Tips for better sleep lead can lead to weight loss


Better sleep has been shown to lead to weight loss. Sleep difficulties plague Americans. Research shows we are sleeping less than we did decades ago. Over 75% claim they have trouble sleeping and one in five Americans is taking prescription sleeping pills. At the same time, over 60% of Americans are now considered overweight. Recent studies have now shown a link between sleep, hormones and weight loss. Hormones such as ghrelin and leptin tell your brain when you’re full or when you are hungry. With  sleep loss, the hormones that tell you to eat, ghrelin, increases. Human growth hormone, (GH) as well as cortisol, both influence appetite control. And both are modulated by the sleep cycle.

Loss of sleep can cause obesity in teens and can lead to fibromyalgia. It’s been shown that teens who are deprived of sleep, become overweight. The most important part of the sleep cycle, the rapid eye movement sleep or REM, is associated with dreaming, and losing this part of your sleep cycle appears to be the part of the sleep cycle that is damaging to not only dreaming but to the metabolic system.

What can you do to help improve your natural ability to sleep?


Good sleep hygiene involves setting up a daily routine so that you go to bed at the same time each night. A dark and quiet sleeping area leads to improved sleep as well.


To get the sleep necessary to relieve sleep disorders, the bedroom should be reserved only for sleeping. No television or computers or work related activities should be conducted in the bedroom, if at all possible.


Artificial light is another causes of sleep disturbances. Light triggers the natural circadian rhythms that govern our sleep/wake cycle. Our natural body rhythms are accustomed to a dimming twilight, then a dark night. But since the invention of electricity, the brightness of our nights disturbs the melatonin levels and the circadian rhythms responsible for sleep.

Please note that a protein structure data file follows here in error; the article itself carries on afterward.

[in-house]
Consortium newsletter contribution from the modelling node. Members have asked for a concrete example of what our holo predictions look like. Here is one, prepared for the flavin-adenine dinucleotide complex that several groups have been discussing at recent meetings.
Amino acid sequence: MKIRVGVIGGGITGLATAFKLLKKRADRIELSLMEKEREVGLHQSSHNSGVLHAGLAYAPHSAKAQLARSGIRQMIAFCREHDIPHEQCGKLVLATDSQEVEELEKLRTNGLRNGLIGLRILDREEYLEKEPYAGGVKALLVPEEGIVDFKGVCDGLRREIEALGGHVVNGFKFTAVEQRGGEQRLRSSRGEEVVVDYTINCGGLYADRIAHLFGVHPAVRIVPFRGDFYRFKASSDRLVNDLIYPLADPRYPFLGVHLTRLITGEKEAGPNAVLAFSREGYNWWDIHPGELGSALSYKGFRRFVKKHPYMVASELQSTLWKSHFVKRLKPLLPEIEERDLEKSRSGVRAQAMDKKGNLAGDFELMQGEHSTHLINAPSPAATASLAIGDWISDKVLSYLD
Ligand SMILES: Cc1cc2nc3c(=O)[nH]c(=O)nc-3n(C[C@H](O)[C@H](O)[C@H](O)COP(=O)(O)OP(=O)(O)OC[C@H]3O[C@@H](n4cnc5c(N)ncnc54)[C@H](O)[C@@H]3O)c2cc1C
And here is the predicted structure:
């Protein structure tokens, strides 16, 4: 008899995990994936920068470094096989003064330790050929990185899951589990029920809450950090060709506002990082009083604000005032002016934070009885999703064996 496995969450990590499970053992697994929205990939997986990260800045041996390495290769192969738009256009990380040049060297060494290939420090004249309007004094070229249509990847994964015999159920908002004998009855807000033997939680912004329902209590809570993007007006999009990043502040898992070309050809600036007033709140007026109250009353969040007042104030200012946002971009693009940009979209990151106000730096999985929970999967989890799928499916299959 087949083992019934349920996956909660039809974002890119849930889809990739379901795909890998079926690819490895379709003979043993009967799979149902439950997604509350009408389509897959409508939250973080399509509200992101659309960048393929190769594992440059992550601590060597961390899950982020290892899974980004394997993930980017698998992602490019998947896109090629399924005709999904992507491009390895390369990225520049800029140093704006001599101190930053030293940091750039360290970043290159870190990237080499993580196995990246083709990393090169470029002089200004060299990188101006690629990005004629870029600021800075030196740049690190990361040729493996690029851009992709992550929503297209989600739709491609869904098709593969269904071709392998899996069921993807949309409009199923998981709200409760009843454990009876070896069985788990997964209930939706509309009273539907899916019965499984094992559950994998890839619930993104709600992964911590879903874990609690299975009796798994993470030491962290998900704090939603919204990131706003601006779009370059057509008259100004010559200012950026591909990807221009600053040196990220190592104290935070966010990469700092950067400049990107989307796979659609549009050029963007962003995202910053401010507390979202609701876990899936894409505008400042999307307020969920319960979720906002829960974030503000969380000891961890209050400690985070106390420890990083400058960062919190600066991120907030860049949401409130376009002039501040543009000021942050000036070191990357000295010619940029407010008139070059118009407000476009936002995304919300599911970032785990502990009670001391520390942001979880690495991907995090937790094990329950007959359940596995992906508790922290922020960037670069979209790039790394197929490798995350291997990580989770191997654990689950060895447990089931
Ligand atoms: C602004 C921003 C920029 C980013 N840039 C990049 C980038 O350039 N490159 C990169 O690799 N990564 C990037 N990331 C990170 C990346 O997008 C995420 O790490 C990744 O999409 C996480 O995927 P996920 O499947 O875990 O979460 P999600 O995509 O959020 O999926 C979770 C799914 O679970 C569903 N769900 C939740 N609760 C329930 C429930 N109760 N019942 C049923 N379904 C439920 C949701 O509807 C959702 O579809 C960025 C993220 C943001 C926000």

You can recreate a twilight state for at least an hour before sleep by dimming all lights, turning off the television and letting your body wind down the way it would in a natural twilight. There is a new type of light bulb that produces less of the harmful blue light spectrum. These are purported to naturally maximize melatonin.

The use of light boxes during the morning hours can stimulate natural daylight and help reset a person’s melatonin levels.


Meditate or prayer and other quieting activities before bed can relax the body into sleep.


Nutritional supplements that may help increase sleep are calcium, (as in warm milk) theanine, l-glutamine, tryptophan, and GABA. L-Glutamine is an amino acid, and very plentiful in the body. It improves mood as well as helping to increase GABA level. GABA is a neurotransmitter known to help with general relaxation. Theanine is a natural ingredient found in tea.


Improving your sleep will improve your metabolism and stimulate weight loss. It will also increase daytime energy and mood. There is ongoing research on the links between weight loss and sleep. In the meantime, try some soothing herbs and create a bedroom sanctuary. Herbal remedies also help lead to better sleep, such as peppermint, passionflower, and valerian.

Pleasant dreams.


About the author:

Melanie Grimes, CCH, is a writer, health educator and homeopath. She is a member of the Association of Health Care Journalists. She has taught at Bastyr University and lectured internationally. Follow her blog at To order professional quality vitamins, visit her online vitamin shop at


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Melanie Grimes
Melanie Grimes is a writer, medical editor and health educator. A classically trained homeopath, she has lectured internationally and been on faculty at Bastyr University, American Medical College of Homeopathy, and Seattle School of Homeopathy. She has been the editor of SImillimum, Journal of the Homeopathic Association of Naturopathic Physicians, and The American Homeopath, Journal of the North American Society of Homeopaths.

An award-winning screenwriter, Melanie has taught creative writing, and authored medical textbooks.
She writes about health, natural medicine, food as medicine, herbs, homeopathy, and travel. 

You can follow her blog at

To order professional quality vitamins, visit her online vitamin shop at